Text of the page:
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Seo-Hee Cho, PhD

Seo-Hee Cho, PhD

 

Assistant Professor, Anatomy and Cell Biology

Assistant Professor, Shriners Hospitals Pediatric Research Center

Telephone: 215-926-9361 (Internal: 7-9361)

Email: seo.hee.cho@temple.edu

 

Anatomy and Cell Biology

Shriners Hospitals Pediatric Research Center

 

Educational Background:

 

Undergraduate degree: Korea University, Seoul, Korea, 1988

 

MS, Korea Advanced Institute of Science and Technology, Daejeon, Korea, 1990

 

PhD, Rutgers University, Piscataway, NJ, 2000

 

Postdoctoral fellowship, Department of Genetics, Harvard Medical School, Boston, MA, 2007

 

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professional affiliations:

 
  • Society for Neuroscience
  • Society for Developmental Biology

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RESEARCH INTERESTS:

 

Mechanisms underlying eye development and retinal degeneration
Cell- and gene-based therapy strategies for degenerative retinal diseases

  • Organ size control
  • Cell size control
  • Tumor suppressors and oncogenes – TSC1/2 – mTOR and Hippo-Yap signaling
  • Polarity complex proteins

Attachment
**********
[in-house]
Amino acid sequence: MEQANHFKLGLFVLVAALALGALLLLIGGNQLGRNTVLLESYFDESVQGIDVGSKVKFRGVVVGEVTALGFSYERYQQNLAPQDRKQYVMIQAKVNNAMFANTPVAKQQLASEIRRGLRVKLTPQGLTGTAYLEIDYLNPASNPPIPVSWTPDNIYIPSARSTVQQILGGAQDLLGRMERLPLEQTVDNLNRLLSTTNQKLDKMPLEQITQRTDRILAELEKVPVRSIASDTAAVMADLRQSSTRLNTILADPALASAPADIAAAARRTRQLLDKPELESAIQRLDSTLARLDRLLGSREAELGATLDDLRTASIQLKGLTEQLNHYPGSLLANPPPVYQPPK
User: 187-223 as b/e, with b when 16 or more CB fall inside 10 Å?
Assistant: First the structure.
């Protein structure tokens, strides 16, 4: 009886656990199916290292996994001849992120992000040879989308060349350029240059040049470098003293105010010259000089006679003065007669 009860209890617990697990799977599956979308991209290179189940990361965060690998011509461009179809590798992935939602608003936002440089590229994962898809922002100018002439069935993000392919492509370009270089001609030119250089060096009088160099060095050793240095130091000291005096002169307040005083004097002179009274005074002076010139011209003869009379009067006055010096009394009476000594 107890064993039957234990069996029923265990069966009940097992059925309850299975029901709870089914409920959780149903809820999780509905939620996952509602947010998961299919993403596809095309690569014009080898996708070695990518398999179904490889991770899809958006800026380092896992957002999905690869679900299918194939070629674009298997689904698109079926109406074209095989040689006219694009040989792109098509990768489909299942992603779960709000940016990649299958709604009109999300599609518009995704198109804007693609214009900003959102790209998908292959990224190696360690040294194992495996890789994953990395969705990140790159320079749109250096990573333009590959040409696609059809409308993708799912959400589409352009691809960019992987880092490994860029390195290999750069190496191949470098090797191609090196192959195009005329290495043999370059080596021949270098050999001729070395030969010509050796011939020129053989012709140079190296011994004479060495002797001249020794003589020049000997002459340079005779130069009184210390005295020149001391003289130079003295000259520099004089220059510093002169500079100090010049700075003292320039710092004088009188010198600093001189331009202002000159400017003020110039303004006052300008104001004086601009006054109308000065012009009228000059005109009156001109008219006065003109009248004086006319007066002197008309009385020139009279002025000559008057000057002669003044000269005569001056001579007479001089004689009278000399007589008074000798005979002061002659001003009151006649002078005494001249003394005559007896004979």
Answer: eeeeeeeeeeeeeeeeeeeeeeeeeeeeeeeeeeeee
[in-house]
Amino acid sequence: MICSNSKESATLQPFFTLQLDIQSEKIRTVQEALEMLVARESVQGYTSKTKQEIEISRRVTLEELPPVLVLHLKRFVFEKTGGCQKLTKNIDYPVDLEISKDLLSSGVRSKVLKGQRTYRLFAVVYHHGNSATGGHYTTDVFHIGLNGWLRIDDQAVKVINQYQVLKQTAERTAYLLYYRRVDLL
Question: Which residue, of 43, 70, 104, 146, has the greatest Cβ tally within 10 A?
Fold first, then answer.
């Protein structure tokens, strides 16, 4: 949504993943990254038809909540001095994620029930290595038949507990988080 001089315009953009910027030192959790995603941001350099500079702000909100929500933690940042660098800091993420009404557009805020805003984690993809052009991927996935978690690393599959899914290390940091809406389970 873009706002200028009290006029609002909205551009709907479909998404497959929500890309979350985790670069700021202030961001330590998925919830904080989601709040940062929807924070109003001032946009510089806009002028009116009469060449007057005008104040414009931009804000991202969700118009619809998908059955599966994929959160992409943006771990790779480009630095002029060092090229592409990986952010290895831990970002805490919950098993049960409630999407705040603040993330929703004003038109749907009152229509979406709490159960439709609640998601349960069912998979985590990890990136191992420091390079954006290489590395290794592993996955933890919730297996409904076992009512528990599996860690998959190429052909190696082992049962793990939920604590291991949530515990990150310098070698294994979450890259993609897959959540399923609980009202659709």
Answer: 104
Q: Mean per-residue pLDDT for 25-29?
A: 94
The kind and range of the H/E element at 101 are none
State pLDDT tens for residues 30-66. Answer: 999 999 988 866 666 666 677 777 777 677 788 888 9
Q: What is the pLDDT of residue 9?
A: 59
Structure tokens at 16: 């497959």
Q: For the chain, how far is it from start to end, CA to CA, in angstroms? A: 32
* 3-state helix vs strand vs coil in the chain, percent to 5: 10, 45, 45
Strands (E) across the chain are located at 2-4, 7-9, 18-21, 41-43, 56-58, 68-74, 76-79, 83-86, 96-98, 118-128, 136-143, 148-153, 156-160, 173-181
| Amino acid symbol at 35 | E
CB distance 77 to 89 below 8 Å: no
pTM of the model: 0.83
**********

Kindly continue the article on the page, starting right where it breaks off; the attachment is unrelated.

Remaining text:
Our research goal is to understand the molecular and cellular mechanisms underlying normal development and degenerative retinal diseases, and to establish the intervening strategies. Topics we currently study include: (I) Functional analysis of apical polarity gene Pals1 during retinal and lens development, (II) Pathophysiological study of degenerative retinal diseases, LCA (Leber Congenital Amaurosis) and RP (Retinitis Pigmentosa), to understand disease-causing mechanisms. We are particularly interested in polarity defects in retinal progenitor cells, which cause early-onset, photoreceptor degeneration in LCA type 8, (III) Cell-transplantation and gene-based therapies to to restore vision loss in LCA8-like mouse models in animal settings, (IV) Investigating the function of tumor suppressor-oncogene signal transduction pathways, TSC2-mTOR and Hippo-Yap, in eye development. Fundamental questions that we are trying to answer through these studies include, but are not limited to: (1) How is organ size determined? How are cellular contact inhibition signals translated and coordinated to cell proliferation activity in the nucleus? (2) How is cell size determined? How are differential cell sizes achieved and maintained? (3) What are the functions of the apical polarity complex during CNS development? (4) Can visual impairment in degenerative retinal diseases be rescued by gene- or cell-based therapies? Currently, we are using a combination of molecular and cellular methods, high-throughput (microarray), imaging (including confocal and multi-photon) and mouse genetics approaches (including conditional knock-out technology).

 

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PUBMED PUBLICATIONS:

 

Cho, S.-H., Kim, J.Y., Simons, D.L., Song, J. Y., Le J. H., Swindell, E. C., Jamrich, M., Wu, S. M., and Kim, S. Genetic ablation of Pals1 in retinal progenitor cells models the retinal pathology of Leber Congenital Amaurosis (2012) Hum. Mol. Genet. 21(12) 2663-2676